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This article was published 13/6/2013 (1080 days ago), so information in it may no longer be current.
TORONTO -- The MuchMusic Video Awards have long held a reputation for unpredictable, unscripted zaniness, but loose-limbed South Korean rapper Psy says he'll leave nothing to chance when he handles MC duties at this weekend's broadcast.
"(The) MMVAs are gonna have (their) first co-host whose mother tongue is not English, so you know, I'm going to have a script and I'm going to memorize it because it's live," the cheerful 35-year-old said from London this week.
"I don't want to ruin the show."
Once he found out he had landed the hosting gig, Psy began to comb through footage of previous MMVA galas, summing up the research by saying: "I saw the productions and everything. Wow, that was a big deal."
The show -- held this Sunday outside MuchMusic's downtown Toronto headquarters -- will feature appearances from Taylor Swift, Pretty Little Liars stars Lucy Hale and Shay Mitchell and Big Bang Theory cast member Kunal Nayyar, as well as performances from the likes of punk-pop veteran Avril Lavigne, former Disney star Demi Lovato and British singer/songwriter Ed Sheeran, a personal favourite of Psy's.
"Me and Ed Sheeran, we drank in Las Vegas once and in London, so Toronto's going to be the third time me and Ed Sheeran are going to drink," he said with a laugh.
"He's just like my kind of guy. A lot of fun."
Psy will take the stage for a two-song performance of his ribald new single Gentleman and last year's worldwide viral smash Gangnam Style.
"We're going to see a lot of Canadian fans doing the horse-y thing, you know," he said, referring to the latter song's goofy signature dance move. "This is going to be my first time ever performing Gentleman on Canadian TV, so I'm going to be accurate and I'm going to be very certain with (that song)."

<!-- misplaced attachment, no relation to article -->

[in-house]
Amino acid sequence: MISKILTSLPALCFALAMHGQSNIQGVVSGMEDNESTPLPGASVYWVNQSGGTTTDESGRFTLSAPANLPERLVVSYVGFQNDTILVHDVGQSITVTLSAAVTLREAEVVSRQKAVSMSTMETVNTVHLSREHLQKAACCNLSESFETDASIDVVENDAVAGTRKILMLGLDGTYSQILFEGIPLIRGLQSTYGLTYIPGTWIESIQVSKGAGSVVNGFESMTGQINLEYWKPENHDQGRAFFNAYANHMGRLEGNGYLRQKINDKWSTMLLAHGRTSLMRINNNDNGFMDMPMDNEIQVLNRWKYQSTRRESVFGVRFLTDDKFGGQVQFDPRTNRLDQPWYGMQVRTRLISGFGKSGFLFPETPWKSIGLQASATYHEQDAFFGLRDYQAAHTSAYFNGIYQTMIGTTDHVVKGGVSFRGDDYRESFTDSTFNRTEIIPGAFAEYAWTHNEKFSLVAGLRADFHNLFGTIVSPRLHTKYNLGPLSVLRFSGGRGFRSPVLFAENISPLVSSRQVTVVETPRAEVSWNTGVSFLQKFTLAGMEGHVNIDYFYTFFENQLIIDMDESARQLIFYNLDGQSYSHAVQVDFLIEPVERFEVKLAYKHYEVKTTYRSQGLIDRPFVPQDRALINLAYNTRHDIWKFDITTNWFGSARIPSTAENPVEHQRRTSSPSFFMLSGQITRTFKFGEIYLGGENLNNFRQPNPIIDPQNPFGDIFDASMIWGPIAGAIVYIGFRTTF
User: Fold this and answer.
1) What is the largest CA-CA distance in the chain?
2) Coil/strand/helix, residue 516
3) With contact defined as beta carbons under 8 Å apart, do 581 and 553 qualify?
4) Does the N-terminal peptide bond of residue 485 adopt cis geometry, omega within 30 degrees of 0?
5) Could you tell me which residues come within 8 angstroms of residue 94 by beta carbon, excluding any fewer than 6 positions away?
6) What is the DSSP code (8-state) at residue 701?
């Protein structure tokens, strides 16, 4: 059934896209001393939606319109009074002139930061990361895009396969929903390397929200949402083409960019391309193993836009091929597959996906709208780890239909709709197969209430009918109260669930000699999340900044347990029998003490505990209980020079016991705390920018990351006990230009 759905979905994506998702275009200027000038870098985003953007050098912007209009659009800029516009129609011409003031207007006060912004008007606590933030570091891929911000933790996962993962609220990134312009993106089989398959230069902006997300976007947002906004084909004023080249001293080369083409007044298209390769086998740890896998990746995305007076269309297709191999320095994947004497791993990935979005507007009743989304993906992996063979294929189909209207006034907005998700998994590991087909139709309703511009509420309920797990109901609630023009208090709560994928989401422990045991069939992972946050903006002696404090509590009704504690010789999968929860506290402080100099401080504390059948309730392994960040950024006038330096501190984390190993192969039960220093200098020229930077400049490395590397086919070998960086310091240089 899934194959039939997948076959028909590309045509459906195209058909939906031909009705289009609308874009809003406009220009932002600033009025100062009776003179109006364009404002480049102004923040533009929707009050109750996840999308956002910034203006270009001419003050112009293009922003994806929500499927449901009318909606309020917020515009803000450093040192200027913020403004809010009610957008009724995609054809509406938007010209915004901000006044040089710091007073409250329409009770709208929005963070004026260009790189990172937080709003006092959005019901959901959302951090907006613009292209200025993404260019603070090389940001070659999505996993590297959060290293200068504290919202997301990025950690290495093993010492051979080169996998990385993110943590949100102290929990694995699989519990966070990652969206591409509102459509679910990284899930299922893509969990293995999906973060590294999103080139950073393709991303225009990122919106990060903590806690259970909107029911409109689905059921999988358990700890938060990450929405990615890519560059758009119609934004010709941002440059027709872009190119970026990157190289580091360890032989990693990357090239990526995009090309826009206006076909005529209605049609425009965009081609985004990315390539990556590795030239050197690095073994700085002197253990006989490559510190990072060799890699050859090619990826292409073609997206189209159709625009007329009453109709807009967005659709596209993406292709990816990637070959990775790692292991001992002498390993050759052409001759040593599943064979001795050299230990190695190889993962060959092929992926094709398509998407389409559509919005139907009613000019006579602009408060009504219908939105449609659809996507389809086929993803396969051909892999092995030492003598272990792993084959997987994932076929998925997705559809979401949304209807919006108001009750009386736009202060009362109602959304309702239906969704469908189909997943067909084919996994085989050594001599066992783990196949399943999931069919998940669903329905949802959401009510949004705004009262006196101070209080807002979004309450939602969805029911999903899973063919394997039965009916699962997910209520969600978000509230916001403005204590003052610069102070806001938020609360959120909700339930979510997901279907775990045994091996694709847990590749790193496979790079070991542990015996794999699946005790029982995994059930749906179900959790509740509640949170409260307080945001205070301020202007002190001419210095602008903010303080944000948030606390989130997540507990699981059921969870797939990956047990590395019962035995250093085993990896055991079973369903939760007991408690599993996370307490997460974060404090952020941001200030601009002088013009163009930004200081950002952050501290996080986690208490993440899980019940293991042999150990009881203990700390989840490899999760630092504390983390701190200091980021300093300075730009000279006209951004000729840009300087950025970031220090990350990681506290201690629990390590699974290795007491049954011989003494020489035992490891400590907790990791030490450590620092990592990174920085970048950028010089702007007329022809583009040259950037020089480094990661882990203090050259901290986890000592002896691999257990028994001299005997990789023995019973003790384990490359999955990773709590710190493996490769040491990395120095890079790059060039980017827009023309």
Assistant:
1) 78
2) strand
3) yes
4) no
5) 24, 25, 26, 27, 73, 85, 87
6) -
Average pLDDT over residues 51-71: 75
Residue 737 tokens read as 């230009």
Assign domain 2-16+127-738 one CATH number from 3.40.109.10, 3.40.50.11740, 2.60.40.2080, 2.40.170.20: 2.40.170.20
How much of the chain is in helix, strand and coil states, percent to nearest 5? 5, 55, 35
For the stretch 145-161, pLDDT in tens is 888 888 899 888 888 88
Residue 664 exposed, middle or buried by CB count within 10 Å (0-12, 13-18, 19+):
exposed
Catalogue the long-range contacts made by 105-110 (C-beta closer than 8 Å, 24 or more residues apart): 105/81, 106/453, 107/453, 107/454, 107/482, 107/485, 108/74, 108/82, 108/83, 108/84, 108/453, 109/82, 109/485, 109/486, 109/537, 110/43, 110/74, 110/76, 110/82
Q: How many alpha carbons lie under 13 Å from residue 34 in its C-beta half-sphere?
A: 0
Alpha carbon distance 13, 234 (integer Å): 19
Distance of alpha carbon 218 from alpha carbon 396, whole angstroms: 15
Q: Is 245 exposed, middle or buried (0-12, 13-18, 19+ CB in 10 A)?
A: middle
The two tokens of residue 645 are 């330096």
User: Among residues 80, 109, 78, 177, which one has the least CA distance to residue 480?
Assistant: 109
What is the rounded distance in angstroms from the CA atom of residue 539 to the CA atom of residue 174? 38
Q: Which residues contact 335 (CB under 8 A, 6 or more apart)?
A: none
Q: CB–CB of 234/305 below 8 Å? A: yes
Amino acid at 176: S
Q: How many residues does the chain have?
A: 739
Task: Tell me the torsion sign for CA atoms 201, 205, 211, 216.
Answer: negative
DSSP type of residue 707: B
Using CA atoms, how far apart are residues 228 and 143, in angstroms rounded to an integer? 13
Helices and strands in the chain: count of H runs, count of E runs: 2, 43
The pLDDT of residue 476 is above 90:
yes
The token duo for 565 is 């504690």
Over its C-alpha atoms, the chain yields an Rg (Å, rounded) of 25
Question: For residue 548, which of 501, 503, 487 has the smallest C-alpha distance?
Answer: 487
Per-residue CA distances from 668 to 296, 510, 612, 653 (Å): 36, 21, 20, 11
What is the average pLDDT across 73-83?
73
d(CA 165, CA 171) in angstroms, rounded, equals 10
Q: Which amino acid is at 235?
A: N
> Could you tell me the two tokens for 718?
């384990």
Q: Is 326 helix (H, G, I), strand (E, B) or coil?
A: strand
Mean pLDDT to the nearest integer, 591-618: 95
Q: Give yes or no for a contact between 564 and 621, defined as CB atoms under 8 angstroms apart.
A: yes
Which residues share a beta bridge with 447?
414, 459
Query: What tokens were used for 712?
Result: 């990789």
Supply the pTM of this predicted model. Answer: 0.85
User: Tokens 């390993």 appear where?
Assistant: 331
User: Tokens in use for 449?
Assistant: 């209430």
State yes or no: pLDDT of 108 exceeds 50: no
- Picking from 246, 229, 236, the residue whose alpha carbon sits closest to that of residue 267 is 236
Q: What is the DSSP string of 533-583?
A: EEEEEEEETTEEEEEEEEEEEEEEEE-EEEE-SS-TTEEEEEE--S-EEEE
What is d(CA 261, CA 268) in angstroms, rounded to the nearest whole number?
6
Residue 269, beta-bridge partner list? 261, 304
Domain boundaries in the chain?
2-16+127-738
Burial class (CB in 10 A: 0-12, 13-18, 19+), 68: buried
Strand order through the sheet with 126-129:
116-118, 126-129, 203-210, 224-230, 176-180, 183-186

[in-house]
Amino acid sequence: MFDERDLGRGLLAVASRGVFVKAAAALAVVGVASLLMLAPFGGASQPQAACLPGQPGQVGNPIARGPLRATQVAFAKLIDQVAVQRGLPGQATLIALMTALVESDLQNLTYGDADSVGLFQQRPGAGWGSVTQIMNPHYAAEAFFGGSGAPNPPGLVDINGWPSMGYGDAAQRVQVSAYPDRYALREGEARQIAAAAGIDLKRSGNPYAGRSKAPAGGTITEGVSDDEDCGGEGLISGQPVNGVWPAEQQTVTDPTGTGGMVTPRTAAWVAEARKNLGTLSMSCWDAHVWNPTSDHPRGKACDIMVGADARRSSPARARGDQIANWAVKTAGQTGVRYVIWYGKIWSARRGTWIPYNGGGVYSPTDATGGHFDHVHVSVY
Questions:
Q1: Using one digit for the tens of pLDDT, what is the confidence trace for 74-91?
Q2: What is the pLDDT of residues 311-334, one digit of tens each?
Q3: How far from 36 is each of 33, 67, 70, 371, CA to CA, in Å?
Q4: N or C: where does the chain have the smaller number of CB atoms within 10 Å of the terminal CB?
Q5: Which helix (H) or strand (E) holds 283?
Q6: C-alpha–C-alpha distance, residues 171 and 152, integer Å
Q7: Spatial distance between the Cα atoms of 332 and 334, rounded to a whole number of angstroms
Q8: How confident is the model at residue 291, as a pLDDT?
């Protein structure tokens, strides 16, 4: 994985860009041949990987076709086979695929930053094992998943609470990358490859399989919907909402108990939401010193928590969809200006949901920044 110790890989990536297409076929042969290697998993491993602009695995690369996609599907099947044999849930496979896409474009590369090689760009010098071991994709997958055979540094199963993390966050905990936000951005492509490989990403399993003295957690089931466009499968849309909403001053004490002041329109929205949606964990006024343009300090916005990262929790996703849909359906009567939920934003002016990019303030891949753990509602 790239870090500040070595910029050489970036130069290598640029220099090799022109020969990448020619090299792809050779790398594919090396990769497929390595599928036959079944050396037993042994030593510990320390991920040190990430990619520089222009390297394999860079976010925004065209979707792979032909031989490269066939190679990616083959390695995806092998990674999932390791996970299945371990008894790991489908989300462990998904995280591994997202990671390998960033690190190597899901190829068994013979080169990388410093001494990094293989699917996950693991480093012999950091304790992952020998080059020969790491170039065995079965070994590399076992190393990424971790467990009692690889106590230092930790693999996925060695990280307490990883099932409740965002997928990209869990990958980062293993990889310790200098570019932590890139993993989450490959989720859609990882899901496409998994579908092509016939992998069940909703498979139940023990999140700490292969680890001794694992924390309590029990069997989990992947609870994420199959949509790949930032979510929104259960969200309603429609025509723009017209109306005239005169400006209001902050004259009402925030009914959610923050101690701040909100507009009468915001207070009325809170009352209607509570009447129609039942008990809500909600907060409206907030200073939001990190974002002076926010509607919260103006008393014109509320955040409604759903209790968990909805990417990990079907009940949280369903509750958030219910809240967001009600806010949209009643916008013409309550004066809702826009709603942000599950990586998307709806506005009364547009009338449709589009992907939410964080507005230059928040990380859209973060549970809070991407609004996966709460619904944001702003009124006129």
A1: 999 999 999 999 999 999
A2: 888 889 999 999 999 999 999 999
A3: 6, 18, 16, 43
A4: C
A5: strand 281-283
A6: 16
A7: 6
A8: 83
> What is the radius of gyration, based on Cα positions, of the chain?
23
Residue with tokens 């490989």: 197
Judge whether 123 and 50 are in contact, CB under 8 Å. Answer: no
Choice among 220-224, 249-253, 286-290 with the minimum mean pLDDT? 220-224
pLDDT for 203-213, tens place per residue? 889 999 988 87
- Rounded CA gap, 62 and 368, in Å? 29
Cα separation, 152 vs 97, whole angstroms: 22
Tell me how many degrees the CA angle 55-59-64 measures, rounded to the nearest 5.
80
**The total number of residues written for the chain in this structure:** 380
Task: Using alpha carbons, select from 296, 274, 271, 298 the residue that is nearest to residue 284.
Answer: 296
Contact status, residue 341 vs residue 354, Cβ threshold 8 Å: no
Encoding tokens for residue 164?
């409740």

Psy is proud of Gentleman, his second single to be released in North America. It's reached the Top 10 on the Billboard singles chart in both Canada and the U.S. as well as other countries around the world, and its madcap video -- which features the brightly outfitted rapper pulling a series of pranks and dancing maniacally overtop of his victims -- has racked up an astonishing 415 million-plus views on YouTube.
Well, it's astonishing as long as you don't compare it to the attention amassed by his wildly popular Gangnam Style, the most-viewed online video ever with roughly 1.65 billion clicks. The song topped charts around the world and went four times platinum in Canada.
And the pop star is realistic when looking at those numbers.
"Gangnam Style was too much," he said. "I think my entire life or my entire career, that's going to be (the) biggest ever. I'm not going to try to break that. So right after that huge song, Gentleman did a good job. That's all I can say."
Both songs should be included in Psy's North American debut album, which he's expecting to hit stores in September. He says it will be a "greatest hits"-type package culled from the six albums he's released in Korea, with new arrangements and, in some cases, English translations.
"Not just the dance music, but you're going to see some variety of genres that Psy's going to play," he says of the record.
Despite his enormous success, Psy still feels like an outsider, to a degree.
He's grown more comfortable as he's fast become a sensation here, sure, but he points out that even when the long work of trying to establish his career here is done -- when he's not doing interviews, appearances or performances -- he can't really relax, since he's constantly conversing in a language that doesn't come easily to him.
"After all the work is done, for me, work is not done, because I gotta still use English.
"So sometimes with that kind of language difference and sometimes with all kinds of cultural differences, of course I miss my country and I really want to go back to my country sometimes. But you know ... this is a kind of a lifetime (opportunity). And this is the first chance (here) for an Asian artist. So I gotta be good and I gotta do something more."
-- The Canadian Press